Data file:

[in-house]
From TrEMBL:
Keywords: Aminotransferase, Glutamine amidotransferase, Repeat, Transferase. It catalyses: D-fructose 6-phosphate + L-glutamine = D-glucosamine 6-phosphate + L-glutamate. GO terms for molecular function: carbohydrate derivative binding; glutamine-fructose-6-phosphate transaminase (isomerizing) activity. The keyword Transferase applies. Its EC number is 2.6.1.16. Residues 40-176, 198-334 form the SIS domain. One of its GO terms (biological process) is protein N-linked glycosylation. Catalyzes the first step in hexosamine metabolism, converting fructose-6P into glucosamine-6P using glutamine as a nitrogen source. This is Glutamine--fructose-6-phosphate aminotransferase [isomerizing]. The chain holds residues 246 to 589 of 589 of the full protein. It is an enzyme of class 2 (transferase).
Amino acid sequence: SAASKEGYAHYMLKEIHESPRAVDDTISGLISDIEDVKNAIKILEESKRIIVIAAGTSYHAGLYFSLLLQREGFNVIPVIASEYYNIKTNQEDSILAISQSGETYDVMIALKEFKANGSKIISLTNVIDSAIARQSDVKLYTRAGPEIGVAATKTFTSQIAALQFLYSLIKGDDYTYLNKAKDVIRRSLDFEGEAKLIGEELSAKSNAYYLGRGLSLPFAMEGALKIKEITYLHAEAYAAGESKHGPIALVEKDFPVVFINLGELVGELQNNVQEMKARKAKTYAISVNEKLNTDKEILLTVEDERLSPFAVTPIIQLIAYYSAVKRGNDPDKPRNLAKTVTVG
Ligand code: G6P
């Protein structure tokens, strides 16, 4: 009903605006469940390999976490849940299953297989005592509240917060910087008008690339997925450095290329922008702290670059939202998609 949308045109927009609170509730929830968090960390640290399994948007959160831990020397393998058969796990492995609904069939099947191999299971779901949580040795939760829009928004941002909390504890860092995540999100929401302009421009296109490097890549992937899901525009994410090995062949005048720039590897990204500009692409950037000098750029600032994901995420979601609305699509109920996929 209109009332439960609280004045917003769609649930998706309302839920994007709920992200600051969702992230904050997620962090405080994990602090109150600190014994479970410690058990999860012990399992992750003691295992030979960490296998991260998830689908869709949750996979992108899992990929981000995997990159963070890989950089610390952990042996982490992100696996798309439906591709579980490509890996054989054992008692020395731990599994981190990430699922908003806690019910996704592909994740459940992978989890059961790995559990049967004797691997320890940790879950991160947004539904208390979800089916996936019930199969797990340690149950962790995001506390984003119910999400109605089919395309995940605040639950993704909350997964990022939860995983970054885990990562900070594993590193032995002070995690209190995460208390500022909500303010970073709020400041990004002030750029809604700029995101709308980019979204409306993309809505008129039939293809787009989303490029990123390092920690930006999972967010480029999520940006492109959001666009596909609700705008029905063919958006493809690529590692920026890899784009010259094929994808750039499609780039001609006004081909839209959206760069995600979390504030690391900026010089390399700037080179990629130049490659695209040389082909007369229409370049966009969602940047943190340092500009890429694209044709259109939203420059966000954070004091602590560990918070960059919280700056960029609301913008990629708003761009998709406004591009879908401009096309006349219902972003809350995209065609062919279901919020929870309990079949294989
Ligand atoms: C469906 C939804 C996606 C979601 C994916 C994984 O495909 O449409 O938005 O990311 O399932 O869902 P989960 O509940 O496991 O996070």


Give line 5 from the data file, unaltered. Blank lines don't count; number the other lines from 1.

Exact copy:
Ligand code: G6P